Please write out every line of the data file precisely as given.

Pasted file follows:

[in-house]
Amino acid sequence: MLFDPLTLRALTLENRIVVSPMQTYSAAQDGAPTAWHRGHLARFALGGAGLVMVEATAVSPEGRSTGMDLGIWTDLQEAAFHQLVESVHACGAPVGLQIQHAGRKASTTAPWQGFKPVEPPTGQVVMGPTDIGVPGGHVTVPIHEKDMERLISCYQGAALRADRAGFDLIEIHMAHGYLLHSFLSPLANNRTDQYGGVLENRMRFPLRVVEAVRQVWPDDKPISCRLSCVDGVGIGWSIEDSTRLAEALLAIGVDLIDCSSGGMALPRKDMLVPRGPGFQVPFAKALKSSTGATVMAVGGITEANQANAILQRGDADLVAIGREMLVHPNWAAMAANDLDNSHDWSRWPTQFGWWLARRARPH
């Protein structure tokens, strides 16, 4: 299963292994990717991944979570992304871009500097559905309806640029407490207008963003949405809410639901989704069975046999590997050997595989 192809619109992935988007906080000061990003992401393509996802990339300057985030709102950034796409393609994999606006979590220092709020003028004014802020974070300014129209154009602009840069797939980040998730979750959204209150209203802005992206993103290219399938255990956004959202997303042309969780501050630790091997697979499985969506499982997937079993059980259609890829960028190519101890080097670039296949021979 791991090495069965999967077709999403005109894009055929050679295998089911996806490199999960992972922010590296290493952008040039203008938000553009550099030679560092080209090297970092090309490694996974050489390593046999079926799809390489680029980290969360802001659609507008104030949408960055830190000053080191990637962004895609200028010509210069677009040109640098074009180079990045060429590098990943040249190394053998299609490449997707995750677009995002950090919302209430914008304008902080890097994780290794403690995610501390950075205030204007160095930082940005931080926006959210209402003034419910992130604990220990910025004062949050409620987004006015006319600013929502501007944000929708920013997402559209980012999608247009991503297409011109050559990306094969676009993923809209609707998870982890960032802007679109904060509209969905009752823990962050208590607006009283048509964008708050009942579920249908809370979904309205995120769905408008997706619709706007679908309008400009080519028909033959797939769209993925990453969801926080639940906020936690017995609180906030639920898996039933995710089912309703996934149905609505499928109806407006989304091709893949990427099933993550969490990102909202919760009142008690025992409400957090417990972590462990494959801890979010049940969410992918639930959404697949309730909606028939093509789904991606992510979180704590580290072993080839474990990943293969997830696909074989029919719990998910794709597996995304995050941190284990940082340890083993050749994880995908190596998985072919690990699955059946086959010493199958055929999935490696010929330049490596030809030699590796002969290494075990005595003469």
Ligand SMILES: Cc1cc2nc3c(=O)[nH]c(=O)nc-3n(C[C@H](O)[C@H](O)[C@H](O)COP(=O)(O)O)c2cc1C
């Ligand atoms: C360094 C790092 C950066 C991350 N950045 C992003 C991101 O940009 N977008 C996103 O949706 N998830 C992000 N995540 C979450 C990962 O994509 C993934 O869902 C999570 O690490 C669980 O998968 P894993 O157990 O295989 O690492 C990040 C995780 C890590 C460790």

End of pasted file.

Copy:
[in-house]
Amino acid sequence: MLFDPLTLRALTLENRIVVSPMQTYSAAQDGAPTAWHRGHLARFALGGAGLVMVEATAVSPEGRSTGMDLGIWTDLQEAAFHQLVESVHACGAPVGLQIQHAGRKASTTAPWQGFKPVEPPTGQVVMGPTDIGVPGGHVTVPIHEKDMERLISCYQGAALRADRAGFDLIEIHMAHGYLLHSFLSPLANNRTDQYGGVLENRMRFPLRVVEAVRQVWPDDKPISCRLSCVDGVGIGWSIEDSTRLAEALLAIGVDLIDCSSGGMALPRKDMLVPRGPGFQVPFAKALKSSTGATVMAVGGITEANQANAILQRGDADLVAIGREMLVHPNWAAMAANDLDNSHDWSRWPTQFGWWLARRARPH
């Protein structure tokens, strides 16, 4: 299963292994990717991944979570992304871009500097559905309806640029407490207008963003949405809410639901989704069975046999590997050997595989 192809619109992935988007906080000061990003992401393509996802990339300057985030709102950034796409393609994999606006979590220092709020003028004014802020974070300014129209154009602009840069797939980040998730979750959204209150209203802005992206993103290219399938255990956004959202997303042309969780501050630790091997697979499985969506499982997937079993059980259609890829960028190519101890080097670039296949021979 791991090495069965999967077709999403005109894009055929050679295998089911996806490199999960992972922010590296290493952008040039203008938000553009550099030679560092080209090297970092090309490694996974050489390593046999079926799809390489680029980290969360802001659609507008104030949408960055830190000053080191990637962004895609200028010509210069677009040109640098074009180079990045060429590098990943040249190394053998299609490449997707995750677009995002950090919302209430914008304008902080890097994780290794403690995610501390950075205030204007160095930082940005931080926006959210209402003034419910992130604990220990910025004062949050409620987004006015006319600013929502501007944000929708920013997402559209980012999608247009991503297409011109050559990306094969676009993923809209609707998870982890960032802007679109904060509209969905009752823990962050208590607006009283048509964008708050009942579920249908809370979904309205995120769905408008997706619709706007679908309008400009080519028909033959797939769209993925990453969801926080639940906020936690017995609180906030639920898996039933995710089912309703996934149905609505499928109806407006989304091709893949990427099933993550969490990102909202919760009142008690025992409400957090417990972590462990494959801890979010049940969410992918639930959404697949309730909606028939093509789904991606992510979180704590580290072993080839474990990943293969997830696909074989029919719990998910794709597996995304995050941190284990940082340890083993050749994880995908190596998985072919690990699955059946086959010493199958055929999935490696010929330049490596030809030699590796002969290494075990005595003469």
Ligand SMILES: Cc1cc2nc3c(=O)[nH]c(=O)nc-3n(C[C@H](O)[C@H](O)[C@H](O)COP(=O)(O)O)c2cc1C
């Ligand atoms: C360094 C790092 C950066 C991350 N950045 C992003 C991101 O940009 N977008 C996103 O949706 N998830 C992000 N995540 C979450 C990962 O994509 C993934 O869902 C999570 O690490 C669980 O998968 P894993 O157990 O295989 O690492 C990040 C995780 C890590 C460790």